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If LYNNE FRANKS had a Euro for every time she was asked about Ab Fab, she would have, if not seven figures, then easily enough for a villa in Spain. She spoke to Rodger

Evans from her home in Majorca.

anet Street Porter has kidded that she and Lynne Franks used the services of Colonel (iadaffi‘s reflexologist. Not true. The ‘ologist was really a shiatsu practitioner . . . and not in the employ of Libya.

Shame. A flavour of Franks'.’ Vogue once dubbed her ‘the

Zeitgeist' but she has travelled far since her days of

Buddhism and Botox and shopping and spin. In the 80s she

gave us Brylcreeming. Fashion-Aiding. and the idea of

voting Labour. Imagine. She even persuaded them to ‘yoof- ify' and ‘fem-up‘ in an attempt to reach those two rather significant constituencies hitherto overlooked by the Party ofTrade Union masculinity.

She was described as ‘magnificently uncool‘ but with a talent for making clients' product trendy. Since the early 90s though she has sought to shed her PR doyenne status and move beyond the shadow of the PR Satire That Dare Not Speak Its Name. Fabulous while it lasted. but is she over it‘.’ Absolutely.

These days Franks is an effusive grandmother. living her summers in Spain. and taking time out every day to recharge through meditation. Which is not to suggest this impressive human cyclone. having made a fistful of readies from the sale of her PR firm in the late 80s. is resting up.

She expends her considerable energies via newspaper columns and books. as an ‘empowerment guru‘ (a self- mocking self—moniker) and being a ‘leading European futurist' (your guess . . .). The last thing she would have wanted to be asked about today is Fabulously Absolute. So I chose to ask her about it last.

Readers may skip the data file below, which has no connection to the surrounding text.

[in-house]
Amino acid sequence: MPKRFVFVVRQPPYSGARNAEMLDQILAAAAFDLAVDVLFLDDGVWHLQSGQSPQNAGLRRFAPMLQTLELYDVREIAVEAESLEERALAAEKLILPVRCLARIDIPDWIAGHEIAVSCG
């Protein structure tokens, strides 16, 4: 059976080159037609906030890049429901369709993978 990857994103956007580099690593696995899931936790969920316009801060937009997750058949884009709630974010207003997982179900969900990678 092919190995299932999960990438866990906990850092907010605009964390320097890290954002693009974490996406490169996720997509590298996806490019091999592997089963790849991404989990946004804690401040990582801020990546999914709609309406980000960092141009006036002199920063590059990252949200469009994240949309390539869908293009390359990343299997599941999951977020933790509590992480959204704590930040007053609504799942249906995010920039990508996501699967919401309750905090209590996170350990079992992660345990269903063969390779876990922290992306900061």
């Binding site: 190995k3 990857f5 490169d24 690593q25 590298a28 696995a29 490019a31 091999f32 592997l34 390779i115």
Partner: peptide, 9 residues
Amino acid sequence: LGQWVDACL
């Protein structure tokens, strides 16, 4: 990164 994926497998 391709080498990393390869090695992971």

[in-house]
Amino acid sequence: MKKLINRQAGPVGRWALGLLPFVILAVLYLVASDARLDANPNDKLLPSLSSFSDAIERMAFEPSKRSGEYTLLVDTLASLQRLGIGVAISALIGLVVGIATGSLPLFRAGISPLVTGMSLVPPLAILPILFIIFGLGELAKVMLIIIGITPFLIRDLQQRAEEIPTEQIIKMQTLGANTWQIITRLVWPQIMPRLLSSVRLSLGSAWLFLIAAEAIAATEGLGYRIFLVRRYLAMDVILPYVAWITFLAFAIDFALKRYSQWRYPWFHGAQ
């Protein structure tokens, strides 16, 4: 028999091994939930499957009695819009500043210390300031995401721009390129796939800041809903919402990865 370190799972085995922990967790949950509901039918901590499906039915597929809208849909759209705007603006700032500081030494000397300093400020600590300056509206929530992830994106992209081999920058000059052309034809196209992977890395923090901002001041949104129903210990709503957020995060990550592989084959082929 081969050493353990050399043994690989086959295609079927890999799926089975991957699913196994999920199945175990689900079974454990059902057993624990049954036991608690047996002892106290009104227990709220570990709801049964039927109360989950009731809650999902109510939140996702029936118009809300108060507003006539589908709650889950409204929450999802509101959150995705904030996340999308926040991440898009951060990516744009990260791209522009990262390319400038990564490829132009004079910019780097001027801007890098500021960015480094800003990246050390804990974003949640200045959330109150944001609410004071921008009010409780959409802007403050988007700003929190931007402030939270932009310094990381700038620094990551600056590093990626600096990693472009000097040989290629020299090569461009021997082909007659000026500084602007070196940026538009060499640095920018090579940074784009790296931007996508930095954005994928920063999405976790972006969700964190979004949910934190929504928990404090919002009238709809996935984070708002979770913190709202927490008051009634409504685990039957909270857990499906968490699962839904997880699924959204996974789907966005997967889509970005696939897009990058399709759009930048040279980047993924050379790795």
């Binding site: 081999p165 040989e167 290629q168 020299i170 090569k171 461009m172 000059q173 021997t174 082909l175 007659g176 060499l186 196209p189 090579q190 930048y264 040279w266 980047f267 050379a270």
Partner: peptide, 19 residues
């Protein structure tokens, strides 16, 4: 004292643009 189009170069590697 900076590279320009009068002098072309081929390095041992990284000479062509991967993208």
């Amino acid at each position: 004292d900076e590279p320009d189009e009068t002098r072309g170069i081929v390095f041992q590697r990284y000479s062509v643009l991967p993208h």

Sometimes it just makes sense to begin at the end. Did she ever think she might get through an interview without being asked about . . . '.’ ‘l was really hoping. I thought so far so good. Hmmm. I think that my family and I. in the right mood. have a funnier time even than what goes on there.~

That is a wee bit scary but don‘t disappear behind the sofa just yet. Funnin enough (perhaps) Franks‘ son Josh Howie is also appearing at this year's Fringe. Having set up his own PR company at the ripe teenage of lo. the late-20s Howie wished ‘to get a proper job' as a stand-up. Catch him on the Carlsberg Comedy Bus.

Meanwhile. back to the subject of la-la land. ‘I hate looking at an interview of me with a picture of Jennifer Saunders. It‘s incredibly old news. Unless Al) Fab suddenly come up with a character who's working around the world on women's empowerment. then I‘ll get a bit freaked out. Ruby Wax. who‘s script editor [and long-time friend of Franks] says how uncanny it is that Jennifer comes up with these things. How could she know about that?~

Erm. possibly because Ruby doesn't ‘do‘ discretion? Admittedly this question does not leave the think bubble. Did I say Bubble? Steady there. Eddie. Oh. mercy. Let us retum to the future. or rather forward to the present.

Published in March. Franks‘ new book is GROW. It stands for Gorgeous Real Original Women. Seriously. But keep in mind that the author is billed as someone who can sell spirituality to corporate America. Your point. caller? Well. maybe. just maybe. pushing self-help to us helpless selfish types isn't quite as tricky as might appear.

Still. may one suggest the essence of GROW is be-all-

you-can-but-in-a-nice-way‘.’ ‘That‘s over-simplifying dreadfully. lt talks about the feminine way of doing things and looks at everything from work. relationships. parenting. health. spirituality. community. and how we can bring it all together . . . I‘ve worked with women all over the world and what I've learnt in the last l2 years has gone into that.’

Time for the Elvis question these are cynical times. but what’s so funny about peace. love and understanding?

'lt‘s about connection. The subtitle is connecting with self. lovers and others. And through connection. understanding. and through understanding. creating a more peaceful environment. globally and locally. There‘s a different way of doing things and I don‘t think the world reflects the high potential of men or women right now.‘